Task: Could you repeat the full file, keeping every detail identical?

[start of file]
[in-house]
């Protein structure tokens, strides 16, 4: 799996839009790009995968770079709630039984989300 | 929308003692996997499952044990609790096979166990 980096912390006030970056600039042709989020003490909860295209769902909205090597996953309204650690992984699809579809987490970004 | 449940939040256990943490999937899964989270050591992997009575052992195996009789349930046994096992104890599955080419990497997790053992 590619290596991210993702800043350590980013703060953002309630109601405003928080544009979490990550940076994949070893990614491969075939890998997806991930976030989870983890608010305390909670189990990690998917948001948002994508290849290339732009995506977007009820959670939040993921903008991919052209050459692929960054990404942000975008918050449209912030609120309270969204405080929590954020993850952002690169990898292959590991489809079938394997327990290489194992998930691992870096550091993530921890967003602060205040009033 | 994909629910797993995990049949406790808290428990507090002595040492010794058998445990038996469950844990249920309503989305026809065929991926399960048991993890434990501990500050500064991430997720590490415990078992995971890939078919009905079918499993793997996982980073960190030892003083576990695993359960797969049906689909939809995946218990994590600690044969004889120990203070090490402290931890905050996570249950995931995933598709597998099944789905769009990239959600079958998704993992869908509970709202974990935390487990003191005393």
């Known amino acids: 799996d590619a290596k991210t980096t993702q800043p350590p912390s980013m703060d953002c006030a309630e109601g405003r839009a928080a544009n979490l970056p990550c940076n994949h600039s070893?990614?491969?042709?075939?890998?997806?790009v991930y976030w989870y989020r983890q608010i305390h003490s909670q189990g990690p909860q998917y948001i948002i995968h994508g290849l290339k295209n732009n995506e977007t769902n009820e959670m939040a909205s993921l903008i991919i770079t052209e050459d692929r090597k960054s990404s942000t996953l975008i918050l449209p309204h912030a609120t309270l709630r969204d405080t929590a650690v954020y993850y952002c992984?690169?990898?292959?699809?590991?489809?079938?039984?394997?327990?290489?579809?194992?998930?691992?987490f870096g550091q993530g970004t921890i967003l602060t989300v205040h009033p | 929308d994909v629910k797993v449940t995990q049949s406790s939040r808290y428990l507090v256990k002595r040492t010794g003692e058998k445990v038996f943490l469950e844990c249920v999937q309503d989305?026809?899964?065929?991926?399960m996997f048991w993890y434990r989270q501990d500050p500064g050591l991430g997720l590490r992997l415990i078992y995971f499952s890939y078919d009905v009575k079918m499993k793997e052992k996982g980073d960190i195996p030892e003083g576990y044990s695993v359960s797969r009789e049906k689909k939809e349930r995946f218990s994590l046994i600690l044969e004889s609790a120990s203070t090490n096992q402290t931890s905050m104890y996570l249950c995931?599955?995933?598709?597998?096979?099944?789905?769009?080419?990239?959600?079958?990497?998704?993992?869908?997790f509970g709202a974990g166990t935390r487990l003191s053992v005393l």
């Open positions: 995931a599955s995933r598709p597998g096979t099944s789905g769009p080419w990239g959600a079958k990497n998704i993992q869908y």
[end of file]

[in-house]
């Protein structure tokens, strides 16, 4: 799996839009790009995968770079709630039984989300 | 929308003692996997499952044990609790096979166990 980096912390006030970056600039042709989020003490909860295209769902909205090597996953309204650690992984699809579809987490970004 | 449940939040256990943490999937899964989270050591992997009575052992195996009789349930046994096992104890599955080419990497997790053992 590619290596991210993702800043350590980013703060953002309630109601405003928080544009979490990550940076994949070893990614491969075939890998997806991930976030989870983890608010305390909670189990990690998917948001948002994508290849290339732009995506977007009820959670939040993921903008991919052209050459692929960054990404942000975008918050449209912030609120309270969204405080929590954020993850952002690169990898292959590991489809079938394997327990290489194992998930691992870096550091993530921890967003602060205040009033 | 994909629910797993995990049949406790808290428990507090002595040492010794058998445990038996469950844990249920309503989305026809065929991926399960048991993890434990501990500050500064991430997720590490415990078992995971890939078919009905079918499993793997996982980073960190030892003083576990695993359960797969049906689909939809995946218990994590600690044969004889120990203070090490402290931890905050996570249950995931995933598709597998099944789905769009990239959600079958998704993992869908509970709202974990935390487990003191005393």
């Known amino acids: 799996d590619a290596k991210t980096t993702q800043p350590p912390s980013m703060d953002c006030a309630e109601g405003r839009a928080a544009n979490l970056p990550c940076n994949h600039s070893?990614?491969?042709?075939?890998?997806?790009v991930y976030w989870y989020r983890q608010i305390h003490s909670q189990g990690p909860q998917y948001i948002i995968h994508g290849l290339k295209n732009n995506e977007t769902n009820e959670m939040a909205s993921l903008i991919i770079t052209e050459d692929r090597k960054s990404s942000t996953l975008i918050l449209p309204h912030a609120t309270l709630r969204d405080t929590a650690v954020y993850y952002c992984?690169?990898?292959?699809?590991?489809?079938?039984?394997?327990?290489?579809?194992?998930?691992?987490f870096g550091q993530g970004t921890i967003l602060t989300v205040h009033p | 929308d994909v629910k797993v449940t995990q049949s406790s939040r808290y428990l507090v256990k002595r040492t010794g003692e058998k445990v038996f943490l469950e844990c249920v999937q309503d989305?026809?899964?065929?991926?399960m996997f048991w993890y434990r989270q501990d500050p500064g050591l991430g997720l590490r992997l415990i078992y995971f499952s890939y078919d009905v009575k079918m499993k793997e052992k996982g980073d960190i195996p030892e003083g576990y044990s695993v359960s797969r009789e049906k689909k939809e349930r995946f218990s994590l046994i600690l044969e004889s609790a120990s203070t090490n096992q402290t931890s905050m104890y996570l249950c995931?599955?995933?598709?597998?096979?099944?789905?769009?080419?990239?959600?079958?990497?998704?993992?869908?997790f509970g709202a974990g166990t935390r487990l003191s053992v005393l």
């Open positions: 995931a599955s995933r598709p597998g096979t099944s789905g769009p080419w990239g959600a079958k990497n998704i993992q869908y």